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I think it would be necessary for a path to determine the longitudinal axis of that ellipse.
In addition to the selection, a path would be created to obtain the ellipse.

In the image below, the color strokes; yellow, green and blue represent directional paths, which would inform the axis on which the ellipse would extend.
The question still remains as to what the radius (size / length) of the smallest axis of this ellipse.

Just rambling.
@Krikor, you have a point. If one want to use this plugin for an illustration then it look the best if the chosen object has an encircling that points to that object that is important and that the form of the ellipse follows the direction of movement(if one will suggest one in the illustration) or, if it's a person, the direction (s)he is looking at.
Trying on odd shapes and complicated paths


So, the center of the British Isles is in Lauchentyre, Scotland Smile
And if you were to try it without annexing the Republic of Ireland?!
I said "British Isles" not "United Kingdom" (or even "British Islands") (the chart also omits the Shetland and Channel Islands).
Updated again. Much better performance, and additional "Visible paths" source option.
(01-13-2021, 01:18 PM)Ofnuts Wrote: Updated again. Much better performance, and additional "Visible paths" source option.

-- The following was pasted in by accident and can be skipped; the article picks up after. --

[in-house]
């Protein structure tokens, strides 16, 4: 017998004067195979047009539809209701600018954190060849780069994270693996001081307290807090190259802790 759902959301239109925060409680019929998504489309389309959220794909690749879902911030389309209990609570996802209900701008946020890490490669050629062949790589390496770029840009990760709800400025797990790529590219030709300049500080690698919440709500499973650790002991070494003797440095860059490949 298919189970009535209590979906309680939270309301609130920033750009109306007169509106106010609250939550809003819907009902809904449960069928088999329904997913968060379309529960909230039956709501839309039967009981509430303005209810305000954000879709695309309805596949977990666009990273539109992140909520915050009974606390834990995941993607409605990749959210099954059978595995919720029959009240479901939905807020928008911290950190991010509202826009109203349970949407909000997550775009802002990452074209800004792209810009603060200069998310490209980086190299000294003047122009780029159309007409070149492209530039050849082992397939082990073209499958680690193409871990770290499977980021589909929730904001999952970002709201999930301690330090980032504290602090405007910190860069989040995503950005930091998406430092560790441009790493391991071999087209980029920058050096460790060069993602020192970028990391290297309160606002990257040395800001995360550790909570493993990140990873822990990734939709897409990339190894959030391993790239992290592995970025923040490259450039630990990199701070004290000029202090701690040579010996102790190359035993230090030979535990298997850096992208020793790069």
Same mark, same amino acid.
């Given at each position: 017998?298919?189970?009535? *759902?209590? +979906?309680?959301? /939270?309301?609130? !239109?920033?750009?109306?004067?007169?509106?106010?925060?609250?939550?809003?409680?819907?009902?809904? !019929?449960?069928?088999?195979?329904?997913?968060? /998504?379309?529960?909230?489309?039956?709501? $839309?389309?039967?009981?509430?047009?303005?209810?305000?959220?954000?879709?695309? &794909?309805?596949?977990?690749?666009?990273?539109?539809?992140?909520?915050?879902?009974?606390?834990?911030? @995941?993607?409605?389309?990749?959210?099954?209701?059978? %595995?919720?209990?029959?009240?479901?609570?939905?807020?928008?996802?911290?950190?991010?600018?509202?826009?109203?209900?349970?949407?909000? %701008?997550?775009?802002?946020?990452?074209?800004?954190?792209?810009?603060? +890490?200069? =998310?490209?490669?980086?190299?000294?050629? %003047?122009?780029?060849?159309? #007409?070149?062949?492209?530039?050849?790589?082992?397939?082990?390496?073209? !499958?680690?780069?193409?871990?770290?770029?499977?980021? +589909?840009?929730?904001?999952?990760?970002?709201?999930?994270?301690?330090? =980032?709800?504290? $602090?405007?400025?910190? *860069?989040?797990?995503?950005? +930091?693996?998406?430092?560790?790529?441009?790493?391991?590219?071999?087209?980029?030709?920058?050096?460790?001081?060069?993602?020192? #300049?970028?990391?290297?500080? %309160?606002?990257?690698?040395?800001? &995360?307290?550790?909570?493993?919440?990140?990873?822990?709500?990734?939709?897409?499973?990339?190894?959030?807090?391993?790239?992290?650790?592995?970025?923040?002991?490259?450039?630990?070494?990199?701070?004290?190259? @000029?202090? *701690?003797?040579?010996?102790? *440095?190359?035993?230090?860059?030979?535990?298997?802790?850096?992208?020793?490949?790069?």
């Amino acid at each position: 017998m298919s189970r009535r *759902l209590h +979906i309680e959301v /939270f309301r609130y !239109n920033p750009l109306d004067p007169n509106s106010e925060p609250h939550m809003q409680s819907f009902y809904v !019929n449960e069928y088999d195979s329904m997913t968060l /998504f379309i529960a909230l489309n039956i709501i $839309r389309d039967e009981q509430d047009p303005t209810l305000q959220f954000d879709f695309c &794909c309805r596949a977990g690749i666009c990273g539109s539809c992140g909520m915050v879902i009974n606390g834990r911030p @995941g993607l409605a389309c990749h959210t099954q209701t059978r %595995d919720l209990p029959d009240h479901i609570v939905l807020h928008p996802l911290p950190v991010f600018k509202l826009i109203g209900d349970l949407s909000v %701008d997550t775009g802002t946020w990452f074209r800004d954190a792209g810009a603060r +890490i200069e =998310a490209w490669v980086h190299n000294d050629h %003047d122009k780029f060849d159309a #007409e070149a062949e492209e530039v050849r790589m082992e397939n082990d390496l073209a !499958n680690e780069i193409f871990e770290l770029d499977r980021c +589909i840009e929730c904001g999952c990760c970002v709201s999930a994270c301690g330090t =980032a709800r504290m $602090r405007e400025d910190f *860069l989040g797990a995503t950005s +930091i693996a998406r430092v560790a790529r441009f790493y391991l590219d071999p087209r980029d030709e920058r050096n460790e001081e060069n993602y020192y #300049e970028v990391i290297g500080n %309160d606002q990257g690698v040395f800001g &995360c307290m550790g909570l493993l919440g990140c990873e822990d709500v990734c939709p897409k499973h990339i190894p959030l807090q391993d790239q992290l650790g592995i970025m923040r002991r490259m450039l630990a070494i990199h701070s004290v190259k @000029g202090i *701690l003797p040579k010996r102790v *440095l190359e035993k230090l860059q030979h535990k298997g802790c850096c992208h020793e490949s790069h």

The selection is now in some cases very simple.  Path
Even two path are sometimes enough (nice work):

The addition is really meant to include things that are already split over several paths (text, or the British Isles above, which is a couple hundred paths).

You can prove that the smallest circle is either:
  • defined by two of the given points and these two points are the end of a diameter
  • defined by three of the given points, and the circle is the circumcircle of the triangle
So if you have only a few pojnts, there are more direct ways (ofn-path-to-shape can draw the circle that goes through three points)
Yes, but you have no easy way of knowing which two points, or which three points. Your new plugin gives the answer right away. And the circle too. Here, on the left the circle is determined by two points. On the right, with almost the same path, it takes three points. Indeed a nice plugin.


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